Last but not least, reviews are more relevant for certain industries. While we're finding that almost all industries, reviews are pertinent to you, if you're in e-commerce, reviews are just critical. Consumers are expecting to be able to find out about your business. So if you're not showing them, they're definitely searching online. And also, if you have a bigger ticket item, or if you're in the finance space, maybe it's insurance or healthcare, those are products that are really important, very impactful. So people are definitely looking to reviews to make a decision, and make sure they're making the right one.
Email marketing and reviews
So we like to look at reviews based off of how consumers purchase. And This is where email really comes in. In order to help push consumers through their purchase journey, hopefully you're using and leveraging emails to move them along, provide them the right information and help them purchase from your brand. And reviews can play a different role, based off of where they're at in their purchase journey. So in the earlier stages of the buying cycle, you need recognition or product specification. This is probably where you'd want to use product reviews, because this can influence their needs as they're defining their needs. And help influence the type of product that they want to purchase. And ideally, you can influence them to decide that there's specific requirements that your brand just happens to be able to fit.
So later in the buying cycle, when they're starting to look at, "Where should I buy this product from? Is it safe for me to buy from this specific business?" This is where you'd probably want to leverage service reviews is what we call them. And these are reviews that are all about your business as a whole. How is the buying experience buying on your website? How is the customer service if they had to make a return? How is the shipping? Things like that. And then post purchase, again, this is a great place to leverage email, to collect more reviews from your customers. So that you can leverage more reviews, again, with new customers.
Email marketing reviews. I'm just going to go ahead, and throw these all up here. The reason reviews really work in email, and the reason that they help improve the engagement, click-through rates and conversion is because of the reasons here. We mentioned they're user-generated context so they're more credible. And with user-generated content, it's important to show that they're fresh and updated, that they're timestamped. And hopefully, very recent so that they're more relevant to your customer base.
Also, reviews will be using natural language of your customers. This is really important so that we're not just using marketing speak. This natural language is often more effective, getting them to take action. And more effective because they're more trustworthy. And then social proof, again, these reviews because they're social proof feel like recommendations from friends. They're more credible. And again, it's more likely to get them to make a purchase, because they want to fit in with their peers or make the right decision based off of that.
It's important to leverage reviews differently, based off of where they're at in the buying cycle. So you can target them in different ways. And some creative ways we've seen customers see this, is based off of the pages that the person visited last. If they were on a product page, again, for instance, they might want to use product reviews there. And if they were on your shopping cart page, but then abandoned, that's a great place to show reviews about your customer service, about your shipping, these things that people usually worry about before they make their final decision.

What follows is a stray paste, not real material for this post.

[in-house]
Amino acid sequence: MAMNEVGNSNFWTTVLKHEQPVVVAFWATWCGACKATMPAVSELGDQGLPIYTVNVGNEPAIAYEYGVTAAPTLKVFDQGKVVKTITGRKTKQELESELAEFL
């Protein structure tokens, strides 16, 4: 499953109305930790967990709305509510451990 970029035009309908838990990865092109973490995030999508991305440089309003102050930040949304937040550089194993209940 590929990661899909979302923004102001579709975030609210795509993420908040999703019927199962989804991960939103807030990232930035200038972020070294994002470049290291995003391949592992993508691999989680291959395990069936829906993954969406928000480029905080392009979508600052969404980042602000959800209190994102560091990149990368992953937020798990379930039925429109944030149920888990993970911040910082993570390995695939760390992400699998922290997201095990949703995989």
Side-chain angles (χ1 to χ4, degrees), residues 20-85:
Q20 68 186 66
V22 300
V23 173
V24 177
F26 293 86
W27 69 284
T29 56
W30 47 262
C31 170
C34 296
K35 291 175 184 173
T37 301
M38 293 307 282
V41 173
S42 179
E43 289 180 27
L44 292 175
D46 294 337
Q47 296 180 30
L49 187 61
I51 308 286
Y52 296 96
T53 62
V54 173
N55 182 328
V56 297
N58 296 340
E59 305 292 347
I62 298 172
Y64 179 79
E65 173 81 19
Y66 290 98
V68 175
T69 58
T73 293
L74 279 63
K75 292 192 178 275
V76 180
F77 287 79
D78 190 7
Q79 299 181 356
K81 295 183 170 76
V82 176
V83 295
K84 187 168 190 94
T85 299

Reviews are more credible when they come from a third party. If they're not from a third party, they might just look like they're copied and pasted onto your website. They might not feel as credible or believable. It's really important for your website, for your email, whatever tactic, especially with email, to make sure that they have a third party that they've come from.
I know we talked a little bit about email and how important it is as far as social proof and reviews, collecting reviews. But overall, just to put it in perspective, email has a median ROI of 122%. So if you think about that, as far as all of the other marketing channels go, it's over four times higher on average than all other marketing channels. That's why we think it's very valuable for you to put that social proof in your email. As it's already a strong marketing piece, you can enhance it.
Whenever you have a new idea, we recommend that you do some testing. Every brand works differently, so if you have something very unique that your audience engages with, that is something you definitely want to move forward with.
Luckily, we see some enhanced marketing with review content being leveraged across the board. So, people are starting to adapt that and really relating back to their customer's needs. But sometimes, there can be little tweaks that you can make that are different from other brands, or even different from a competitor. Like stars, how many stars on average a product got. Even doing a short review that you have a CTA to click through on there, to read the rest. Those types of things may be different based on the demographic that typically purchases from your brand, or if you're a B2B brand.
Overall, testing, it does seem overwhelming. But if you use these three strategies, you can break it down into something that's a little bit more digestible. So we use champion versus challenger type testing at Elite and I'll explain that a little bit more on the next slide. Range of statistical significance, which is how we measure. And then implementation of successes, which is really a given, but it's the most important part.
For champion versus challenger testing, what this is, is an approach that's a little bit different from AB testing or multivariate testing. It eliminates opinion, uses multiple variants and it has actionable insights at the end that you can implement. How this works is you take an existing experience, match it up to a challenger, and then the new champion matches up to a new challenger and so on, and so on. The most important thing that you can do is having a predetermined implementation timeline. So every month, every quarter, every six months, go and review your test results, implement successes, and then continue testing.